Hugh Renfro, a consultant and retired oil executive, will discuss the Kingdom of Saudi Arabia and present an IMAX film titled “Arabia” at 7 p.m. on Thursday at the East Bank Regional Library, 4747 W. Napoleon Avenue, Metairie.

Renfro, 91, is the former head of the Arabian Chevron Oil Co. and a producer of “Arabia,” made in 2010. He lived and worked in Saudi Arabia for 23 years. Renfro will discuss Saudi culture, monarchy, the role of women in Saudi society and Saudi Arabia’s leap into the 21st century.

The 46-minute documentary is narrated by actress Helen Mirren and directed by Greg MacGillivray.

The World Affairs Council of New Orleans is co-sponsoring the free event. It seeks to increase the community’s awareness of global issues and to further international understanding through nonpartisan educational and social forums with a commitment to diversity and inclusive fellowship.

Closed for renovation

The Live Oak Branch closed on Monday and will be closed for about 10 weeks as interior and exterior renovations are made.

Interior renovations will include a new drop-down ceiling, carpeting, painting and upgrades to the electrical and HVAC systems. To provide better and more cost-effective interior lighting, additional windows will be installed in the rear of the library, along with a new LED lighting system throughout the branch. The restrooms also will be refreshed.

Exterior renovations will include a new roof and upgraded LED exterior lighting systems. Patrons who have holds on books, movies, CDs or other materials can get them at the Westwego Branch, 635 Fourth St. Staff members will call patrons to remind them to go to the Westwego Branch. More information on renovation progress will be posted on the library’s website.

Calligraphy group to meet

The New Orleans Lettering Arts Association will meet at 9 a.m. on Saturday at the North Kenner Branch Library, 630 W. Esplanade, Kenner. The group meets monthly to explore and share calligraphic techniques. Space is limited, and registration is required. Go to new orleanscalligraphy.org.

German genealogy

Earl Sundmaker Jr. will discuss several new websites that are making research into German ancestry easier at 7 p.m. on Monday at the East Bank Regional Library, 4747 W. Napoleon, Metairie. He also will discuss the history of the German-American Cultural Center in Gretna and how it can benefit area researchers. The meeting is sponsored by the Genealogical Research Society of New Orleans. It was established in 1960 to foster an interest in family research and to encourage preservation of genealogical records in New Orleans and the Gulf South.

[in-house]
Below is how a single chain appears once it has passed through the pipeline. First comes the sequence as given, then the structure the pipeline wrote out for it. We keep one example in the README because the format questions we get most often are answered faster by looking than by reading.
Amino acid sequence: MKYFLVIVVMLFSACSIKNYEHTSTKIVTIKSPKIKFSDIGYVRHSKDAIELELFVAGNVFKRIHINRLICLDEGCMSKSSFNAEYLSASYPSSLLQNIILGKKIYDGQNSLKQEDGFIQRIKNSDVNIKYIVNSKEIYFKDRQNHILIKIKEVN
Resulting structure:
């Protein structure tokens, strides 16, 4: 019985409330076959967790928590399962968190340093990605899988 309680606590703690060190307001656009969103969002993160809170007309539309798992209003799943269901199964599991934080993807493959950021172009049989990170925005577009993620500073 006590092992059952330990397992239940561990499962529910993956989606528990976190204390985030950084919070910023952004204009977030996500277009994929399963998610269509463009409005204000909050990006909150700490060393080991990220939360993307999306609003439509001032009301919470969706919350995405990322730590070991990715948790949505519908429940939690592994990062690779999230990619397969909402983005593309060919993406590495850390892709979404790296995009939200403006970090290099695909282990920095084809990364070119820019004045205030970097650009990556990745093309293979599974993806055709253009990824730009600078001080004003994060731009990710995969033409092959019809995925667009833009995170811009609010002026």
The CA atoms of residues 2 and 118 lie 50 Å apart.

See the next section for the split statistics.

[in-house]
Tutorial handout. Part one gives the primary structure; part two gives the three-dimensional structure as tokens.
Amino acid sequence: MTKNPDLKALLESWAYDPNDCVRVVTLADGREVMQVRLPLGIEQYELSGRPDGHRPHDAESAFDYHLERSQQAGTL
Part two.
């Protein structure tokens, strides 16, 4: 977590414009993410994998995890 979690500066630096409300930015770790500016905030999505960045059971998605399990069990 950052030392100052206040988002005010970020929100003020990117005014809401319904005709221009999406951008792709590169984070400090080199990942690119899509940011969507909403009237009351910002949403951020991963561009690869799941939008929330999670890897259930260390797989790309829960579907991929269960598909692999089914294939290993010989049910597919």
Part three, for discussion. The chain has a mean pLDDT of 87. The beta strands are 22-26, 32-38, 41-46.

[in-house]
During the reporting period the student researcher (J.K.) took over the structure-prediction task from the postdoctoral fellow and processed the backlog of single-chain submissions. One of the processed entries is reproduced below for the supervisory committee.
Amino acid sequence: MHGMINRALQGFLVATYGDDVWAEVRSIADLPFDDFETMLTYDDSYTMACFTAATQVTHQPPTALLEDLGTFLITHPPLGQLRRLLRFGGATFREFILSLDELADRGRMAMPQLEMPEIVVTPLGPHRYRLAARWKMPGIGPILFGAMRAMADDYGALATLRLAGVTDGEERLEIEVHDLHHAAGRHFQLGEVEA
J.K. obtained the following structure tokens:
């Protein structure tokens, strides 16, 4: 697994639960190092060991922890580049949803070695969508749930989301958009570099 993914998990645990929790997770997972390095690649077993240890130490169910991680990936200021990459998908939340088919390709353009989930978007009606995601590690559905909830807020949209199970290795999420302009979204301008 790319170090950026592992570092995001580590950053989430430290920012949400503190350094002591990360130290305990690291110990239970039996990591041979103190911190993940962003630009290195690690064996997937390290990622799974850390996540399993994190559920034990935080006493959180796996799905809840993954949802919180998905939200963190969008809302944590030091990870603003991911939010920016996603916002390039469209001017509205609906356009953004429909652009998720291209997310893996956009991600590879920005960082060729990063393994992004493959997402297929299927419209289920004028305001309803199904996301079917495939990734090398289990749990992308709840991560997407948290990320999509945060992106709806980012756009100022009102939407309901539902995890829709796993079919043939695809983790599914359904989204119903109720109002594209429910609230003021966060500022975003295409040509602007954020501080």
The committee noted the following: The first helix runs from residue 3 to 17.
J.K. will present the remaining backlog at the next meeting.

Doing the time warp

The East Bank Regional Great Books Discussion Group meets at 7 p.m. Tuesday to discuss “The Time Machine.” The H.G. Wells classic begins at an English dinner party, where a group of gentlemen are discussing the device one of them is making so he can explore the fourth dimension. No one is identified by name, but when the men gather the following week, the device’s inventor, referred to as Time Traveler, is strangely absent. When he arrives later, he recounts his amazing sojourn into the future. Most of this 1895 novella deals with Time Traveler’s stay in a world where dark forces lurk behind an idyllic exterior.

NOLA Science Café

Julie L. Whitbeck, Ph.D., ecologist at the Jean Lafitte National Historical Park and Preserve, talks about ecology research and wetlands preservation at 7 p.m. Tuesday at the East Bank Regional Library, 4747 W. Napoleon, Metairie. Science Cafés welcome people who may not typically get involved with scientific discussions. They are dynamic interactions between a scientist and the public. The public feels empowered to learn, and the scientist speaker gains valuable perspective on his or her work.

What is war?

The Great Book Discussion Group at the Old Metairie Branch Library, 2350 Metairie Road, focuses on Carl von Clausewitz’s masterpiece, “On War,” at 7 p.m. on Tuesday. Clausewitz, 1780–1831, was a Prussian general and military strategist influenced by the Napoleonic wars in which he fought. Written in a dialectic style influenced by Hegel and subject to varying interpretations, it remains influential.

All programs at the library are free and are open to the public. For more information about programs at the 15 branches of the Jefferson Parish Library, go to http://www.jplibrary.net/ or friend the library’s Facebook page for daily programming updates.